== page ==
As the United States prepared to take a long holiday over the July 4th weekend, the Department of Justice set off some fireworks of its own: the department published a new edition of the FCPA Resource Guide, a one-volume compendium of all things related to the Foreign Corrupt Practices Act (FCPA). What does the Foreign… Read More
Elected officials and corporate executives may be in charge of dispersing funds or hiring staff members within their organizations. When a decision-maker abuses their power to appoint friends and personal associates to positions of authority, especially while disregarding their qualifications for the role, we observe the corrupt act known as cronyism.
What is Cronyism?
Cronyism is a corrupt practice where an individual in a position of power and influence abuses their authority to dispense favors to their friends and allies. These favors can include, but aren’t limited to:
- Preferentially awarding jobs to friends and personal associates
- Preferentially awarding contracts or making vendor agreements with friends and personal associates
- Preferentially awarding appointments to public office to friends and personal associates
As with price fixing, cronyism at the organizational level may be categorized as one of two types: horizontal or vertical cronyism.
In horizontal cronyism, the exchange of favors takes place between individuals who are on the same level in a hierarchy. Members in a union, or individuals in a friend group or social group can engage in cronyism by using their separate offices to advance the collective interests of the group instead of their employers.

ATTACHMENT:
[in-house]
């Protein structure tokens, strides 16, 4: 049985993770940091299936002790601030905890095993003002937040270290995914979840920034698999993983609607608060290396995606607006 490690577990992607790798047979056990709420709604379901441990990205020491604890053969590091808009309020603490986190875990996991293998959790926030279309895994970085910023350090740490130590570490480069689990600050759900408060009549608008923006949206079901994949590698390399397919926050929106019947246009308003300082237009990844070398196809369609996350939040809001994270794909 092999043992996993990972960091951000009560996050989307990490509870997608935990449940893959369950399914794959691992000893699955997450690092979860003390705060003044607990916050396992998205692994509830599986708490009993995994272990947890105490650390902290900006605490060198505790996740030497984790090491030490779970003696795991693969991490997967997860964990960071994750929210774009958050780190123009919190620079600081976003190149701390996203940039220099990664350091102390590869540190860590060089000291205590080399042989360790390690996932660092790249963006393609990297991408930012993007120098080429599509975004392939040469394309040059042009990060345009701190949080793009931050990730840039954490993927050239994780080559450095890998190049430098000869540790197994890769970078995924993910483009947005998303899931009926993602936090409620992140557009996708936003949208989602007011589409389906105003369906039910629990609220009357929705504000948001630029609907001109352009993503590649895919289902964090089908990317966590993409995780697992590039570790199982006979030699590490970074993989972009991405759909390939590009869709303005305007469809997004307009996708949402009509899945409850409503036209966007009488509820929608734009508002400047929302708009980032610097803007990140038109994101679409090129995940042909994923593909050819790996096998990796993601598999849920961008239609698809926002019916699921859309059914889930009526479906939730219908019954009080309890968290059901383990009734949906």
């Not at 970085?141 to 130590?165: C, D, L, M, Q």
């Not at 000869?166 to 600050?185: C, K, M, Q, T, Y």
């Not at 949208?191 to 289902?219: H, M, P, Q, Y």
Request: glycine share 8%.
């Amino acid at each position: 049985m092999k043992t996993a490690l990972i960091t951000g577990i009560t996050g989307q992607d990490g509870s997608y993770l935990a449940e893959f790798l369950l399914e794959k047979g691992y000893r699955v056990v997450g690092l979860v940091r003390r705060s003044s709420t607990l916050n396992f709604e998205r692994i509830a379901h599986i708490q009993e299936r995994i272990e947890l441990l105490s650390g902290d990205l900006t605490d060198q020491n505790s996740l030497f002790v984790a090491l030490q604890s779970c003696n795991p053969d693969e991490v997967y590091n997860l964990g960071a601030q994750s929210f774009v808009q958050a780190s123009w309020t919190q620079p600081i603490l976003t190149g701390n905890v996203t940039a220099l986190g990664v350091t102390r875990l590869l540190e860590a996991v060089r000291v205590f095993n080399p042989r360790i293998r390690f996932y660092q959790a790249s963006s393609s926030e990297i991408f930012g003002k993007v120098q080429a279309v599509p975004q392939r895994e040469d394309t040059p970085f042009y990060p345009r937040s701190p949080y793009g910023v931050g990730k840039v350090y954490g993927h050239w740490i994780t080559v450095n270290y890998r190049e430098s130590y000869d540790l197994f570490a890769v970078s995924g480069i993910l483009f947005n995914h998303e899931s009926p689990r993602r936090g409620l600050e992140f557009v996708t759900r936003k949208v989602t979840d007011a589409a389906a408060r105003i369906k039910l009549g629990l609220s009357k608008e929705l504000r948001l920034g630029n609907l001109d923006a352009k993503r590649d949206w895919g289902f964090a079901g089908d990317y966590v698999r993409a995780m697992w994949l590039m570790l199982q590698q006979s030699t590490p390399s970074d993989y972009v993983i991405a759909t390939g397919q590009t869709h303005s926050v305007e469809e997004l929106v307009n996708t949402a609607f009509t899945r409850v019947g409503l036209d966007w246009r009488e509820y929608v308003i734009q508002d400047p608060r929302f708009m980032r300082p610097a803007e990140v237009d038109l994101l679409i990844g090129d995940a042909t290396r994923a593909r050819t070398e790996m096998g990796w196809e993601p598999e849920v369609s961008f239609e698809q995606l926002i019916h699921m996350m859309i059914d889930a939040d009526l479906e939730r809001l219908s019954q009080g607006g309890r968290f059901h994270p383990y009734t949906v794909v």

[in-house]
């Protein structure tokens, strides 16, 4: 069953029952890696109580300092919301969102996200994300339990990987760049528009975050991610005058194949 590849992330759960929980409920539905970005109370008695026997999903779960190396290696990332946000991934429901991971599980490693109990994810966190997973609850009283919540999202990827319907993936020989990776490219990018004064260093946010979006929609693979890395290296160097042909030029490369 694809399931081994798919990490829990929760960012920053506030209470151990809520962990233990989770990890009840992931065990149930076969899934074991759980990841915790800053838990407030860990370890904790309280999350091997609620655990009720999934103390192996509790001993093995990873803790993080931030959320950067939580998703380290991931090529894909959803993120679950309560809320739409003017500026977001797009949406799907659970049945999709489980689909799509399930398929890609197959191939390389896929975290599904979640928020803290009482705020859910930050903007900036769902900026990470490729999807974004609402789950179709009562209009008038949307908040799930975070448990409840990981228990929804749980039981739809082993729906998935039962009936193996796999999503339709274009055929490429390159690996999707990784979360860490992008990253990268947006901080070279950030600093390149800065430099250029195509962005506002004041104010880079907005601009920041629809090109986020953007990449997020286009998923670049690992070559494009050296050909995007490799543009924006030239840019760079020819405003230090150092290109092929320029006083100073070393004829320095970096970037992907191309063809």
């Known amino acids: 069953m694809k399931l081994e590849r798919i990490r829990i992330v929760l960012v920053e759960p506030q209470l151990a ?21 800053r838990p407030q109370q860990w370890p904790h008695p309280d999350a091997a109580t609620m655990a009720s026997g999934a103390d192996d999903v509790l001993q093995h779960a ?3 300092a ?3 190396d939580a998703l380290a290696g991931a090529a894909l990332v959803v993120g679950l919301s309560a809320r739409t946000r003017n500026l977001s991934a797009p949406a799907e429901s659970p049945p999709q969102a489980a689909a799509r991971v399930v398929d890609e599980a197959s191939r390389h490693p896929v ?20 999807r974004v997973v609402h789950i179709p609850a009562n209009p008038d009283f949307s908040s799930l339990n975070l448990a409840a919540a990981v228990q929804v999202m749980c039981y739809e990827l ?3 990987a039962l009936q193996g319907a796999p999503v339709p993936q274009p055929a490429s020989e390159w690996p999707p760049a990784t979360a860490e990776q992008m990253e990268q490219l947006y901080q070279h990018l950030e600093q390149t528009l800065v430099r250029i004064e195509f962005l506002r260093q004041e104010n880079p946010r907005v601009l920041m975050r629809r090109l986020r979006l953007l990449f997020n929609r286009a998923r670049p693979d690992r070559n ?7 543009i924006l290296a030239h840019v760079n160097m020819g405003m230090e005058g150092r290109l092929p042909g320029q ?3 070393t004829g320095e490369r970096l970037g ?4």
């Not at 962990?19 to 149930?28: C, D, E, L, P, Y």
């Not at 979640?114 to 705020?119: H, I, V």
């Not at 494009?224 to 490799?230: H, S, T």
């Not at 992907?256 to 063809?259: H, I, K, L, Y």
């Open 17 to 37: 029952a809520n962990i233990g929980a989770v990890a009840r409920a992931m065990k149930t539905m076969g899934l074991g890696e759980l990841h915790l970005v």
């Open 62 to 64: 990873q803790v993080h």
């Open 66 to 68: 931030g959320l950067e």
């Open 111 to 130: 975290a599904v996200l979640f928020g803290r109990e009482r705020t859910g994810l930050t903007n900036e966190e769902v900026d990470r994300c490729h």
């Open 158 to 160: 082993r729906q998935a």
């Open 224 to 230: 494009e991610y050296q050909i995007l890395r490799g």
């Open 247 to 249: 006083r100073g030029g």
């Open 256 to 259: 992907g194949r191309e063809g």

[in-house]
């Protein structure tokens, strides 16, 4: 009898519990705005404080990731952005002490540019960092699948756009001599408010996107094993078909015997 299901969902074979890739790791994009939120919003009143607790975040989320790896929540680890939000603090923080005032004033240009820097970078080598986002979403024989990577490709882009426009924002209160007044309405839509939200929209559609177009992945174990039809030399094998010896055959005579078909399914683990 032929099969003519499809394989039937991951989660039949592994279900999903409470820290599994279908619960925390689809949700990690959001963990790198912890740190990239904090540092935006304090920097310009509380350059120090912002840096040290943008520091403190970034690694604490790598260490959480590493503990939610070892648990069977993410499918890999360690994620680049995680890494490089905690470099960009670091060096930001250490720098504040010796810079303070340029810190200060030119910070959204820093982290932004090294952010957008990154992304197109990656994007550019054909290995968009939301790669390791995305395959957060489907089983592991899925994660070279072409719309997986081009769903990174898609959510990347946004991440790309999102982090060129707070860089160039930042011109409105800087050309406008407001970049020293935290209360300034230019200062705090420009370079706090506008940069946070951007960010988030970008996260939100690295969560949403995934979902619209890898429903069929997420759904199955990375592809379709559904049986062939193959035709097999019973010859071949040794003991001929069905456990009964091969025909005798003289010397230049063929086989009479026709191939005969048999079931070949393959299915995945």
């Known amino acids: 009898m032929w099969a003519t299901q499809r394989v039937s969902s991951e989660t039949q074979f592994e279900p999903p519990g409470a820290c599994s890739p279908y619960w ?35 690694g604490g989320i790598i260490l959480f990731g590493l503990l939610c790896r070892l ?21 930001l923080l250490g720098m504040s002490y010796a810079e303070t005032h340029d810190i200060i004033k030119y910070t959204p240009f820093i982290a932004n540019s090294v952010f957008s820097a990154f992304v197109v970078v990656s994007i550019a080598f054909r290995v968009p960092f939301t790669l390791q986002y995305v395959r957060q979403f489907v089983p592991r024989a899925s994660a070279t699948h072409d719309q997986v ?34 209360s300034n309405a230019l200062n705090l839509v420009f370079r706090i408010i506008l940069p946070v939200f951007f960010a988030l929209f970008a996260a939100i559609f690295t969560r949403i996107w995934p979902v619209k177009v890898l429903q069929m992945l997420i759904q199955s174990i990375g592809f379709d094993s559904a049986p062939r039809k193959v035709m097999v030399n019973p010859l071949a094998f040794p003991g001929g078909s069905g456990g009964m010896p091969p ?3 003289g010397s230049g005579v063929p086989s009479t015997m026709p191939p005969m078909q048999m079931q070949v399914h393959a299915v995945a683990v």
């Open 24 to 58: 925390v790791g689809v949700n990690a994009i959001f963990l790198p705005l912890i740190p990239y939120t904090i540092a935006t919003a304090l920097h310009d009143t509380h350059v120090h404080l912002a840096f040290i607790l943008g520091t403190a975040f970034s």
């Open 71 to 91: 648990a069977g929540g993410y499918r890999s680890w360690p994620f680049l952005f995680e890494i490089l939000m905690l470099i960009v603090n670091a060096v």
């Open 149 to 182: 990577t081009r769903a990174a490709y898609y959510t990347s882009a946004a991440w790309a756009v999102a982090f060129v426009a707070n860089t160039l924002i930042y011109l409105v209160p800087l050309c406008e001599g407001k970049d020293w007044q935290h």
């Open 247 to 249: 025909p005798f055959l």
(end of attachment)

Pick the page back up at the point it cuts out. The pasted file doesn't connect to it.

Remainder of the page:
Vertical cronyism takes place within the hierarchies of an organization, where an individual with some authority abuses their power to bestow unearned favors, rewards, or promotions on a subordinate who may be a close friend or personal associate. Vertical cronyism can allow individuals to establish networks of influence within an organization, making it easier to conceal corruption from auditors and evade the accountability efforts of executive leadership.
What is the Difference Between Nepotism and Cronyism?
Nepotism and cronyism are two of the most common types of favoritism occurring within organizations. Although nepotism and cronyism both involve corrupt abuses of power, they are not exactly the same thing. While cronyism involves preferential treatment and abuse of authority to benefit friends and personal associates, nepotism usually refers to the dispensation of special treatment to the actor’s children or immediate family members.
Is Cronyism a Crime?
Cronyism is legal in the United States, but that doesn’t mean that there are no consequences.
When managers promote their personal associates instead of the most qualified candidate, the long-term result for the organization is poor performance and failure to maximize value for shareholders. Cronyism is also understood as a form of discrimination that harms the career prospects of honest, talented, and hard-working employees hoping for advancement in their careers.
In some cases, acts of cronyism that resulted in an unqualified hire have resulted in allegations of age-based, gender-based or racial discrimination, practices that violate the United States Civil Rights Act.
How Can You Prevent Cronyism in an Organization?
Cronyism within an organization can damage morale, reduce employee retention, and negatively impact business results. Organizations can work to eliminate cronyism by:
- Establishing clear organizational policies against cronyism with strict penalties for violating ethical norms.
- Enforcing a fair and merit-based selection process for all job roles.
- Establishing a fully transparent process for post jobs, conducting interviews, and hiring new staff members.
- Establishing a truly anonymous whistleblower program where employees can report concerns about cronyism within their department.